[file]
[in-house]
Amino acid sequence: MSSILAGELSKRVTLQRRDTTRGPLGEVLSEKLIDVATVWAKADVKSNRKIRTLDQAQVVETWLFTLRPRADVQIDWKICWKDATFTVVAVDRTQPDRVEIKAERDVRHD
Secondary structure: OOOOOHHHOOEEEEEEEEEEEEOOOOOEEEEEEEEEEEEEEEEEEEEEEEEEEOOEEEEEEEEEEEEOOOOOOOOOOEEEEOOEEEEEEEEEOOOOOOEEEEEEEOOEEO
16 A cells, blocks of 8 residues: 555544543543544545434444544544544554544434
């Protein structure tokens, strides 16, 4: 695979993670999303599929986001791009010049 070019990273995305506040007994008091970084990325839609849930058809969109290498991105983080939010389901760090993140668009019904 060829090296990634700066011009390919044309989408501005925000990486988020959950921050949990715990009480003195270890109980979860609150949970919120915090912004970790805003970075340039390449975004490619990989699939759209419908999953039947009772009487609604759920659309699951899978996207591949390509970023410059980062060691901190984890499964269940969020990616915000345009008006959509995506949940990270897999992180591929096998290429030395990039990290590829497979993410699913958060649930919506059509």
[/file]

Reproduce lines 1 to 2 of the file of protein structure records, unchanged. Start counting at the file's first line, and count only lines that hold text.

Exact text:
[in-house]
Amino acid sequence: MSSILAGELSKRVTLQRRDTTRGPLGEVLSEKLIDVATVWAKADVKSNRKIRTLDQAQVVETWLFTLRPRADVQIDWKICWKDATFTVVAVDRTQPDRVEIKAERDVRHD